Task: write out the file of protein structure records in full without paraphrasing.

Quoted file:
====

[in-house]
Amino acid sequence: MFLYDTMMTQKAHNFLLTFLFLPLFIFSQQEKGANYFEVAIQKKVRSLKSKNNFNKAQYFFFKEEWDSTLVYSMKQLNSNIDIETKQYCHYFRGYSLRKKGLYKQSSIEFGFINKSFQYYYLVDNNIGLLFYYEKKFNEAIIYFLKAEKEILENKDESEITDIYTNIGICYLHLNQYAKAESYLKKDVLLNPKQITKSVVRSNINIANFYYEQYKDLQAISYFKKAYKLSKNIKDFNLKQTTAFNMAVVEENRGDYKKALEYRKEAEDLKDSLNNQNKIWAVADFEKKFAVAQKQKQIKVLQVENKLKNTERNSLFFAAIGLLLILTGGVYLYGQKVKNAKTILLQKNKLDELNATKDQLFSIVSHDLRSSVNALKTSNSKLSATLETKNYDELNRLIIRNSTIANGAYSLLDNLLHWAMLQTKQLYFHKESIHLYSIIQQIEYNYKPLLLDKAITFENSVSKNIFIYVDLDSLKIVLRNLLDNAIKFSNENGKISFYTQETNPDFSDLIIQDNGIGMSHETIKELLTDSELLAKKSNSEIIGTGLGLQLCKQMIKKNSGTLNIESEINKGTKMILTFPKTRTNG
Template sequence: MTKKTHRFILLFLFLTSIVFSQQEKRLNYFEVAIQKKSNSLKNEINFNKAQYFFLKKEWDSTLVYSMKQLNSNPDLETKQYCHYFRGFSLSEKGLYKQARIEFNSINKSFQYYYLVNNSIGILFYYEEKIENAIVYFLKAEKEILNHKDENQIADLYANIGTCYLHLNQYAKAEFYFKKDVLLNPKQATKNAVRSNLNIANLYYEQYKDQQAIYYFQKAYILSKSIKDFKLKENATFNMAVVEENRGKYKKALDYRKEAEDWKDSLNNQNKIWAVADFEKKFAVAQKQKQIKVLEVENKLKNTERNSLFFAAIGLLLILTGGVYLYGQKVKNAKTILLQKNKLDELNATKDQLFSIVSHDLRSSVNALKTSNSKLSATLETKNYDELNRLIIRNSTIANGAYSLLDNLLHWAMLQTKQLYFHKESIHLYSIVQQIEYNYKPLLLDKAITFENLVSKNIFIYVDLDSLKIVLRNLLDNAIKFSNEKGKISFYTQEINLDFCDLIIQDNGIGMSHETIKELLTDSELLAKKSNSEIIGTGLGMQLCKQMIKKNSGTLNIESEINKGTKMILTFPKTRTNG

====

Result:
[in-house]
Amino acid sequence: MFLYDTMMTQKAHNFLLTFLFLPLFIFSQQEKGANYFEVAIQKKVRSLKSKNNFNKAQYFFFKEEWDSTLVYSMKQLNSNIDIETKQYCHYFRGYSLRKKGLYKQSSIEFGFINKSFQYYYLVDNNIGLLFYYEKKFNEAIIYFLKAEKEILENKDESEITDIYTNIGICYLHLNQYAKAESYLKKDVLLNPKQITKSVVRSNINIANFYYEQYKDLQAISYFKKAYKLSKNIKDFNLKQTTAFNMAVVEENRGDYKKALEYRKEAEDLKDSLNNQNKIWAVADFEKKFAVAQKQKQIKVLQVENKLKNTERNSLFFAAIGLLLILTGGVYLYGQKVKNAKTILLQKNKLDELNATKDQLFSIVSHDLRSSVNALKTSNSKLSATLETKNYDELNRLIIRNSTIANGAYSLLDNLLHWAMLQTKQLYFHKESIHLYSIIQQIEYNYKPLLLDKAITFENSVSKNIFIYVDLDSLKIVLRNLLDNAIKFSNENGKISFYTQETNPDFSDLIIQDNGIGMSHETIKELLTDSELLAKKSNSEIIGTGLGLQLCKQMIKKNSGTLNIESEINKGTKMILTFPKTRTNG
Template sequence: MTKKTHRFILLFLFLTSIVFSQQEKRLNYFEVAIQKKSNSLKNEINFNKAQYFFLKKEWDSTLVYSMKQLNSNPDLETKQYCHYFRGFSLSEKGLYKQARIEFNSINKSFQYYYLVNNSIGILFYYEEKIENAIVYFLKAEKEILNHKDENQIADLYANIGTCYLHLNQYAKAEFYFKKDVLLNPKQATKNAVRSNLNIANLYYEQYKDQQAIYYFQKAYILSKSIKDFKLKENATFNMAVVEENRGKYKKALDYRKEAEDWKDSLNNQNKIWAVADFEKKFAVAQKQKQIKVLEVENKLKNTERNSLFFAAIGLLLILTGGVYLYGQKVKNAKTILLQKNKLDELNATKDQLFSIVSHDLRSSVNALKTSNSKLSATLETKNYDELNRLIIRNSTIANGAYSLLDNLLHWAMLQTKQLYFHKESIHLYSIVQQIEYNYKPLLLDKAITFENLVSKNIFIYVDLDSLKIVLRNLLDNAIKFSNEKGKISFYTQEINLDFCDLIIQDNGIGMSHETIKELLTDSELLAKKSNSEIIGTGLGMQLCKQMIKKNSGTLNIESEINKGTKMILTFPKTRTNG